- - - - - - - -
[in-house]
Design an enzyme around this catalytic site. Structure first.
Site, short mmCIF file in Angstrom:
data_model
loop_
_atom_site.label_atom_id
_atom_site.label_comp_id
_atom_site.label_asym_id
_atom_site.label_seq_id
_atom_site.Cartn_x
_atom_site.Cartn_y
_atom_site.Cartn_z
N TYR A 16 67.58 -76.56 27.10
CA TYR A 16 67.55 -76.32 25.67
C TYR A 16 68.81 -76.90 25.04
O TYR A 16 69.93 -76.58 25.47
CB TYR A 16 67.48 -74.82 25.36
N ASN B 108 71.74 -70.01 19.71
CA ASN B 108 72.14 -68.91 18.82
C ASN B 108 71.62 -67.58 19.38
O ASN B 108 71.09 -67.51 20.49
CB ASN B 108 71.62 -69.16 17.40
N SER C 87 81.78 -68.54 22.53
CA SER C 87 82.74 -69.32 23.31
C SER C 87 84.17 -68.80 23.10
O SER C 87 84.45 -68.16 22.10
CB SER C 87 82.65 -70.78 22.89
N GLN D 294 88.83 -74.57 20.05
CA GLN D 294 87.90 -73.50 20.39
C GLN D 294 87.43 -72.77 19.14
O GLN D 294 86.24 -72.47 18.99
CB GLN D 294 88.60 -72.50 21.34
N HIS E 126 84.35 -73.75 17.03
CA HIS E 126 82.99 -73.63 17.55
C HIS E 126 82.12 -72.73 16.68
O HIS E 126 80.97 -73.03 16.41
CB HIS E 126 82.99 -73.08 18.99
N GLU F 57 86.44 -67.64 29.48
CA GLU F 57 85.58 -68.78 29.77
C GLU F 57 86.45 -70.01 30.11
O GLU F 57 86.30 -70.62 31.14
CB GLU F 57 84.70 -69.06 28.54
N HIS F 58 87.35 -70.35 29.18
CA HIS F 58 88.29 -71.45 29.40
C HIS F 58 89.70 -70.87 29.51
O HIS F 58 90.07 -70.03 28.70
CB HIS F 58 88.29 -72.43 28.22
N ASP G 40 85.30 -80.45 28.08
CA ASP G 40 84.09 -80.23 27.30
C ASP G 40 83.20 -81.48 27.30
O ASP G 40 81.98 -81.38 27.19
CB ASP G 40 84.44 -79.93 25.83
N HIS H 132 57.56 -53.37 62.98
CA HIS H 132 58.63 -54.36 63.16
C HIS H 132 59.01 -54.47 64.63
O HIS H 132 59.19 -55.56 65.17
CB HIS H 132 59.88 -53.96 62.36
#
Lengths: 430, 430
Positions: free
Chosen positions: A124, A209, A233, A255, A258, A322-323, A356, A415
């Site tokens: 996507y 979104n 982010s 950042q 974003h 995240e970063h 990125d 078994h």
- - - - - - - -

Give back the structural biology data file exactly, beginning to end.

[in-house]
Design an enzyme around this catalytic site. Structure first.
Site, short mmCIF file in Angstrom:
data_model
loop_
_atom_site.label_atom_id
_atom_site.label_comp_id
_atom_site.label_asym_id
_atom_site.label_seq_id
_atom_site.Cartn_x
_atom_site.Cartn_y
_atom_site.Cartn_z
N TYR A 16 67.58 -76.56 27.10
CA TYR A 16 67.55 -76.32 25.67
C TYR A 16 68.81 -76.90 25.04
O TYR A 16 69.93 -76.58 25.47
CB TYR A 16 67.48 -74.82 25.36
N ASN B 108 71.74 -70.01 19.71
CA ASN B 108 72.14 -68.91 18.82
C ASN B 108 71.62 -67.58 19.38
O ASN B 108 71.09 -67.51 20.49
CB ASN B 108 71.62 -69.16 17.40
N SER C 87 81.78 -68.54 22.53
CA SER C 87 82.74 -69.32 23.31
C SER C 87 84.17 -68.80 23.10
O SER C 87 84.45 -68.16 22.10
CB SER C 87 82.65 -70.78 22.89
N GLN D 294 88.83 -74.57 20.05
CA GLN D 294 87.90 -73.50 20.39
C GLN D 294 87.43 -72.77 19.14
O GLN D 294 86.24 -72.47 18.99
CB GLN D 294 88.60 -72.50 21.34
N HIS E 126 84.35 -73.75 17.03
CA HIS E 126 82.99 -73.63 17.55
C HIS E 126 82.12 -72.73 16.68
O HIS E 126 80.97 -73.03 16.41
CB HIS E 126 82.99 -73.08 18.99
N GLU F 57 86.44 -67.64 29.48
CA GLU F 57 85.58 -68.78 29.77
C GLU F 57 86.45 -70.01 30.11
O GLU F 57 86.30 -70.62 31.14
CB GLU F 57 84.70 -69.06 28.54
N HIS F 58 87.35 -70.35 29.18
CA HIS F 58 88.29 -71.45 29.40
C HIS F 58 89.70 -70.87 29.51
O HIS F 58 90.07 -70.03 28.70
CB HIS F 58 88.29 -72.43 28.22
N ASP G 40 85.30 -80.45 28.08
CA ASP G 40 84.09 -80.23 27.30
C ASP G 40 83.20 -81.48 27.30
O ASP G 40 81.98 -81.38 27.19
CB ASP G 40 84.44 -79.93 25.83
N HIS H 132 57.56 -53.37 62.98
CA HIS H 132 58.63 -54.36 63.16
C HIS H 132 59.01 -54.47 64.63
O HIS H 132 59.19 -55.56 65.17
CB HIS H 132 59.88 -53.96 62.36
#
Lengths: 430, 430
Positions: free
Chosen positions: A124, A209, A233, A255, A258, A322-323, A356, A415
């Site tokens: 996507y 979104n 982010s 950042q 974003h 995240e970063h 990125d 078994h």